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A cartoon of a hand dropping a mic. "Physics Slam" is written in stylized orange to the right of the illustration. Fermilab logo runs across the bottom.

In the 2021 Fermilab Physics Slam, each contender had 10 minutes to present their topic in the most interesting way possible. This annual favorite was presented in a new, virtual format, with a Zoom audience choosing the Physics Slam Champion.

"The Golden Particles" in text, with a glowing yellow "O" in the word Golden. Text is oerlaid onto photo of Fermilab campus, showing a 16-story concrete building and reflection pool to the right, prairie to the left and blue skies.

Put on your fanciest outfit and join us for an evening to remember at the inaugural Golden Particles, a fake award show celebrating the smallest things in nature and the biggest research efforts in particle physics over the past year. This presentation won Fermilab science communicator Lauren Biron the 2021 Virtual Physics Slam at Fermilab on April 30.

A still with "Neutrino Flavors" written across the top. The o in flavors is a neutrino. Underneath it, the other two neutrino flavors illustrated, and a circle with a photo of a woman with dark hair and a pink and black top. Under her, it says "With guest Valerie Higgins." A woman with long brown hair holds an ice cream cone on the right side of the still.

Grab your bibs — in today’s tasty episode, we’re digging into neutrino flavors. Join Fermilab scientist Kirsty Duffy and archivist Valerie Higgins to meet the three flavors of neutrinos and learn how to catch a neutrino with a DONUT.

Text on a purple background reads: Dark Energy Survey Year 3 Update

To tackle big questions about our universe, the Dark Energy Survey uses a powerful 570-megapixel camera to photograph galaxies close to home and billions of light years away. The analysis of the first three years of data resulted in the largest maps ever made showing the distribution and shapes of galaxies in our universe — and provided a fantastic test for scientist’s best predictions.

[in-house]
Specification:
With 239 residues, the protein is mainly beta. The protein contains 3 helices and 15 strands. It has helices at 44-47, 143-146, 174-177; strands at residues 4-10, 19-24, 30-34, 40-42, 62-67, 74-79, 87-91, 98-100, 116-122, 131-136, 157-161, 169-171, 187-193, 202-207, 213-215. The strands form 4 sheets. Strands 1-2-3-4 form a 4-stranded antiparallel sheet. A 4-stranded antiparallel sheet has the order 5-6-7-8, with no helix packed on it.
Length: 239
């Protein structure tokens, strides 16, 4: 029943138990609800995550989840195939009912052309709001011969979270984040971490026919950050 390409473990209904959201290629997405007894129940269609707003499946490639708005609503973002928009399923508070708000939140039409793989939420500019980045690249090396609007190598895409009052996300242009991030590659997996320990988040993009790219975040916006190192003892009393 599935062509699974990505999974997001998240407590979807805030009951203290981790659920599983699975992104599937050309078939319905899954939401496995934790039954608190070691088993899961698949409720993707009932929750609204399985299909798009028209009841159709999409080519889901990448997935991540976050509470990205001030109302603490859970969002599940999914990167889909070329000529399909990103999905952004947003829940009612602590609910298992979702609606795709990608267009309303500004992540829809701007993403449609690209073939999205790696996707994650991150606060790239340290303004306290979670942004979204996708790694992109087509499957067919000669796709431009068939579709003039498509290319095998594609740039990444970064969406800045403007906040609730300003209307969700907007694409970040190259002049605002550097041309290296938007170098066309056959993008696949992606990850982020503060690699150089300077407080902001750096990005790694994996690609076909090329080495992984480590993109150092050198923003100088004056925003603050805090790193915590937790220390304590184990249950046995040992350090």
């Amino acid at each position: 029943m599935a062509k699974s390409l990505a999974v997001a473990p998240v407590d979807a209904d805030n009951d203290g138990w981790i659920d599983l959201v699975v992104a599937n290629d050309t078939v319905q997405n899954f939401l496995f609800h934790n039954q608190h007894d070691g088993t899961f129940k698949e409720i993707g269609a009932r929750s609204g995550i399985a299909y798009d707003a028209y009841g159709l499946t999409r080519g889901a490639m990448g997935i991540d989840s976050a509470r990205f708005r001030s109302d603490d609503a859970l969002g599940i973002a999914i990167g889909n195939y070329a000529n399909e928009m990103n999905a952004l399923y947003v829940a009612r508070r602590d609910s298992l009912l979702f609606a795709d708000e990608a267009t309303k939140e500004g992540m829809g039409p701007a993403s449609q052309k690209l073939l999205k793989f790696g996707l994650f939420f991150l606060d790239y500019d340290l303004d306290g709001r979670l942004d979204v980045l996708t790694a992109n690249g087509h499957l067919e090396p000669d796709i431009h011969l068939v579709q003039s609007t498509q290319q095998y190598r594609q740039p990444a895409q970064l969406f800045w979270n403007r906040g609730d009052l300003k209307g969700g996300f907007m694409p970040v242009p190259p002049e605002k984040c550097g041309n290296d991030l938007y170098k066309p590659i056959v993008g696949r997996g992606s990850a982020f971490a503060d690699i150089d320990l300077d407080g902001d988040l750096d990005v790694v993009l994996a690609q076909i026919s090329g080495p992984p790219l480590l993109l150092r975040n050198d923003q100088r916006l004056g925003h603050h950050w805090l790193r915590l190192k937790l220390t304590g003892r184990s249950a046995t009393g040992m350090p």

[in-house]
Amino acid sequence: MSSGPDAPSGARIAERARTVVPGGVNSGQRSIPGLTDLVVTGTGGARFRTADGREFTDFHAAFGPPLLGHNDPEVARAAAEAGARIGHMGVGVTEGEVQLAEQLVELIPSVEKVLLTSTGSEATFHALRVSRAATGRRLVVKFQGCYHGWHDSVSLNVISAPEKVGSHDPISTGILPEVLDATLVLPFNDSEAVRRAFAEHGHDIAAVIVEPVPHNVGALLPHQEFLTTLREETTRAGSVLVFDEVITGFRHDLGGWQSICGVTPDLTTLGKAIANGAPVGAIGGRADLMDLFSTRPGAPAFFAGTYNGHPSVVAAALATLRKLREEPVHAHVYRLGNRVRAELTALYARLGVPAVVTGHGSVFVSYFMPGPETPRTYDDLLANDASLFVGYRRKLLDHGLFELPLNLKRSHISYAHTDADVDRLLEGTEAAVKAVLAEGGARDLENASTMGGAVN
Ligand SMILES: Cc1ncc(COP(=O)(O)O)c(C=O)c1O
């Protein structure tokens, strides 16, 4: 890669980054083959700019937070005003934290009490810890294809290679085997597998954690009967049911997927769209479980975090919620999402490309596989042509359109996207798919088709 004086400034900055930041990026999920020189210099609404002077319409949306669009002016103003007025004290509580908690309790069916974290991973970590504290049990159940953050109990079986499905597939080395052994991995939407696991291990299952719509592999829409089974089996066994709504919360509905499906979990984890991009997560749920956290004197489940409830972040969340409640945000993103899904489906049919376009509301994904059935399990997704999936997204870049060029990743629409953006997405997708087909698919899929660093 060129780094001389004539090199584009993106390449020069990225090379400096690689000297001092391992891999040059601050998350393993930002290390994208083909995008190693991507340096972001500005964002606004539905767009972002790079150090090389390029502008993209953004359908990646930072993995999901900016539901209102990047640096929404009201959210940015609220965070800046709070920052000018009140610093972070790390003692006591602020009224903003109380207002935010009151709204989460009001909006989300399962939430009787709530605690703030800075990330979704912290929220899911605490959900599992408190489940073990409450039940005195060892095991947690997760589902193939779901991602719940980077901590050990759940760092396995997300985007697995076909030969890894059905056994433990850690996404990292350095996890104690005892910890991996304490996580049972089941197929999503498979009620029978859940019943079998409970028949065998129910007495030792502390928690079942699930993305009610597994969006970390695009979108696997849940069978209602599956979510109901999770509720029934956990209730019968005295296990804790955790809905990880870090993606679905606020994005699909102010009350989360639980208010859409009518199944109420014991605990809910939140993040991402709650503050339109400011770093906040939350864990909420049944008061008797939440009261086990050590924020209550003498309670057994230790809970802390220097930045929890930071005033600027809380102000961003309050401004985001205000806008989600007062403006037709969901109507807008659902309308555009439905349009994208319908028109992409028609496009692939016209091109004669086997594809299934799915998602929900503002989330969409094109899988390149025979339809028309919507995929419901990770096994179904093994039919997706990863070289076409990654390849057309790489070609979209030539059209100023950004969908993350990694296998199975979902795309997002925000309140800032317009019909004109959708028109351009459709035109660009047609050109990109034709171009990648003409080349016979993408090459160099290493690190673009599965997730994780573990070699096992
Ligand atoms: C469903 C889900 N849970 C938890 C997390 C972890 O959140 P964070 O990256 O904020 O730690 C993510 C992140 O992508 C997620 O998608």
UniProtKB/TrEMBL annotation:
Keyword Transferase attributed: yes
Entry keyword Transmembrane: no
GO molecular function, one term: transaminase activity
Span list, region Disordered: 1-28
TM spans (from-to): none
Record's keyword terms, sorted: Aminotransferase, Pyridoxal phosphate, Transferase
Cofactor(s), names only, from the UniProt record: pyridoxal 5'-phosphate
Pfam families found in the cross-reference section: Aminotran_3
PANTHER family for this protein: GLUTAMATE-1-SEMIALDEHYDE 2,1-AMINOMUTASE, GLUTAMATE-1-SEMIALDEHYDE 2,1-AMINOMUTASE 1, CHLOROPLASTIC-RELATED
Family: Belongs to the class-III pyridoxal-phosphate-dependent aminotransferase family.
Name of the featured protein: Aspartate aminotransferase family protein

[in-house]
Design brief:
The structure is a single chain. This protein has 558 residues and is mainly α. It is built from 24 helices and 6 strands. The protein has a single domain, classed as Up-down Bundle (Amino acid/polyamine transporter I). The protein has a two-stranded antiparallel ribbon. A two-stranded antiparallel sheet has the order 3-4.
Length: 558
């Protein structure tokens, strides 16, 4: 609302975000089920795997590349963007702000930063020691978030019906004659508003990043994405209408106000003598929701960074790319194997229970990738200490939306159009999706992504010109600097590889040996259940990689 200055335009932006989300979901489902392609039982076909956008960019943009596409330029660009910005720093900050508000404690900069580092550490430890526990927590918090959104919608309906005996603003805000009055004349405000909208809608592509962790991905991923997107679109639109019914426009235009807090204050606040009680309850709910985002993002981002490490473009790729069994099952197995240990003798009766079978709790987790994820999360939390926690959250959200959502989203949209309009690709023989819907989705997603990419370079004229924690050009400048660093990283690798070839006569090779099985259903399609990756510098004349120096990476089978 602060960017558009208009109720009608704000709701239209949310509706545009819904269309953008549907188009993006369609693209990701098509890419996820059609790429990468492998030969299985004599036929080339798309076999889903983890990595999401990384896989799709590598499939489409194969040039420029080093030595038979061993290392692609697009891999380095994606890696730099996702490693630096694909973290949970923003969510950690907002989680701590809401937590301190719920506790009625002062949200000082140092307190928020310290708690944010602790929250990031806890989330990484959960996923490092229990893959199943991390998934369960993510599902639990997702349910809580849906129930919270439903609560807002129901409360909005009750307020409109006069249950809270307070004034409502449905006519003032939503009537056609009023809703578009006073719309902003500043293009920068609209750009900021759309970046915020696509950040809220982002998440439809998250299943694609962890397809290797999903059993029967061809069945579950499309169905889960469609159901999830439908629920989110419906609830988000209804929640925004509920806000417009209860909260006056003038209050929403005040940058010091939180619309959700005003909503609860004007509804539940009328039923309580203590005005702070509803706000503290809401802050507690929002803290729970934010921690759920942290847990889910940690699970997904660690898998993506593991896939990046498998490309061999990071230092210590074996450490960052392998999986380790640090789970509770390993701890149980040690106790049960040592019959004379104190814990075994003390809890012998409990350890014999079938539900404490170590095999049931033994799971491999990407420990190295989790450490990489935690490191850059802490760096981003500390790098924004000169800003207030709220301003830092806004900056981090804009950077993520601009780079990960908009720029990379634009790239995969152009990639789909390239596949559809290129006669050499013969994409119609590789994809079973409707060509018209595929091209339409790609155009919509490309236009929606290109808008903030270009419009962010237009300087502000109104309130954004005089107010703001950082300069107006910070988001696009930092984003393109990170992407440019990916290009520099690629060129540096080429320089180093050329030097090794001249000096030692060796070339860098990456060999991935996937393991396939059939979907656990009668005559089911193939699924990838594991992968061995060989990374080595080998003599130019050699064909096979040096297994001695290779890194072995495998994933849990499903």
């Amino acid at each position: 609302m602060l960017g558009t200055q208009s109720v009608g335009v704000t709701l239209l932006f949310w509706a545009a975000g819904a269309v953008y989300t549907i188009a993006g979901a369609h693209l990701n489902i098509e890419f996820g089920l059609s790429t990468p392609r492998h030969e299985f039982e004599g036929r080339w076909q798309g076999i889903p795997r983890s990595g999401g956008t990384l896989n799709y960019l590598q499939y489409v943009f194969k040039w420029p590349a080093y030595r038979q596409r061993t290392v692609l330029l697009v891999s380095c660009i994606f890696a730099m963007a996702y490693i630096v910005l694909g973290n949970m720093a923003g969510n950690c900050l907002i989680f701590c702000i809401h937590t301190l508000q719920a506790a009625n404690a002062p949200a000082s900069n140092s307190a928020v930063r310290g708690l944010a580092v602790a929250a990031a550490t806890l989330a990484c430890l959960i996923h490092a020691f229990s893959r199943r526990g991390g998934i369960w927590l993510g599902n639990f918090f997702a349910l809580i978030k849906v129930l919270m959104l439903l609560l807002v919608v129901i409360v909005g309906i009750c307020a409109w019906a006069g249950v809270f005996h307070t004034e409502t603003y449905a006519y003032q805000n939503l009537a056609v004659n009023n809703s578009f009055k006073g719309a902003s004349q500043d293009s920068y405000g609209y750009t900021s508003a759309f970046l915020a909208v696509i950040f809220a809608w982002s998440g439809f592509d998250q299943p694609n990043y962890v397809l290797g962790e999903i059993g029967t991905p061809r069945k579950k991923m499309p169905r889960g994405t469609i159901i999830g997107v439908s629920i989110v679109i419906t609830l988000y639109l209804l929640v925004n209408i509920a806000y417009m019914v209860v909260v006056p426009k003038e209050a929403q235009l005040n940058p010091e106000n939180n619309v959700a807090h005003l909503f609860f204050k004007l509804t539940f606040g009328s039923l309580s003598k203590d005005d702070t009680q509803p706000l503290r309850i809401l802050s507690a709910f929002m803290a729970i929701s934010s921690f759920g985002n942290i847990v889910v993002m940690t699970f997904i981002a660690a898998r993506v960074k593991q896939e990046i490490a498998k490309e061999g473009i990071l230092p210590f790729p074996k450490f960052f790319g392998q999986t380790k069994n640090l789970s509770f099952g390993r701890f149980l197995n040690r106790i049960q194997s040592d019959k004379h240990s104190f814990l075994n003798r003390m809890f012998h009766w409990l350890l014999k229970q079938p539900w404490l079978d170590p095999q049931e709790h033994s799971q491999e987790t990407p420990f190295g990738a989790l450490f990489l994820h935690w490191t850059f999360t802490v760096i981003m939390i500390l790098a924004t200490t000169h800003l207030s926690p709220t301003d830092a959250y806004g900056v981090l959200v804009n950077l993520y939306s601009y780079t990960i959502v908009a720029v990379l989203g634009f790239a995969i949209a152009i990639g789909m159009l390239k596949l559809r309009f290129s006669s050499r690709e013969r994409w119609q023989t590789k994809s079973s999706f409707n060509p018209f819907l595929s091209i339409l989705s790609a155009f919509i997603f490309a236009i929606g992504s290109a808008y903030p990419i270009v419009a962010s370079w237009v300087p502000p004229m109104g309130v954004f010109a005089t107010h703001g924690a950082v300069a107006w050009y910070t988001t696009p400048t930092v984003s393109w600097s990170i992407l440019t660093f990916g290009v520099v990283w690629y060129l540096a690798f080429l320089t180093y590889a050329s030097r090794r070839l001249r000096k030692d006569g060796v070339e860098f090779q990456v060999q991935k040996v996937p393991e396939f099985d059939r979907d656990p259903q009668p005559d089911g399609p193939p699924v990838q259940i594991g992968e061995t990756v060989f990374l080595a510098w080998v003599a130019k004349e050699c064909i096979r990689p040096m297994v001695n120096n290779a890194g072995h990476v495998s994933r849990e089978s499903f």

A still of a man with gray hair and glasses in a tshirt and black blazer. Behind him, blurred instrumentation that is mainly blue and white. To the right of him, a yellow measuring tape measuring an orange circle. In the top right corner, text: "What's g-2 all about?"

The Muon g-2 experiment announced one of the most tantalizing physics measurements in over a decade. The measurement might tell us that our theoretical calculation is missing some new physical phenomena. Or, a new theoretical prediction points to the possibility that measurement and prediction basically agree. In this exciting video, Fermilab’s Don Lincoln shares an insider’s perspective.

Dr. Kirsty Duffy, a young woman with long hair, holds a large beach ball and smiles. An orange bubble has text with the question "How big is a neutrino?" beside her.

Have you ever wondered how big a particle is — or how scientists even measure something that tiny? Fermilab scientist Kirsty Duffy will answer a deceptively simple question with the help of some sports equipment: How big is a neutrino?

Don Lincoln video: Is antigravity real

Despite featuring in sci-fi and many UFO reports, Antigravity is an idea that is potentially scientifically reputable, and scientists at CERN are investigating possible connections between antimatter and antigravity. Fermilab’s Dr. Don Lincoln covers both the fact and fiction of this interesting topic.

Take a virtual tour of the newly-upgraded Ross hoistroom and rock conveyance system at the Sanford Underground Research Facility. Both the hoistroom and the conveyance system are critical to constructing LBNF and DUNE a mile below the surface.

Let’s talk about some of the largest explosions in the universe: supernovae. Join Fermilab scientists Dr. Kirsty Duffy and Dr. Anne Schukraft to find out more about exploding stars, tiny particles and the SuperNova Early Warning System (SNEWS).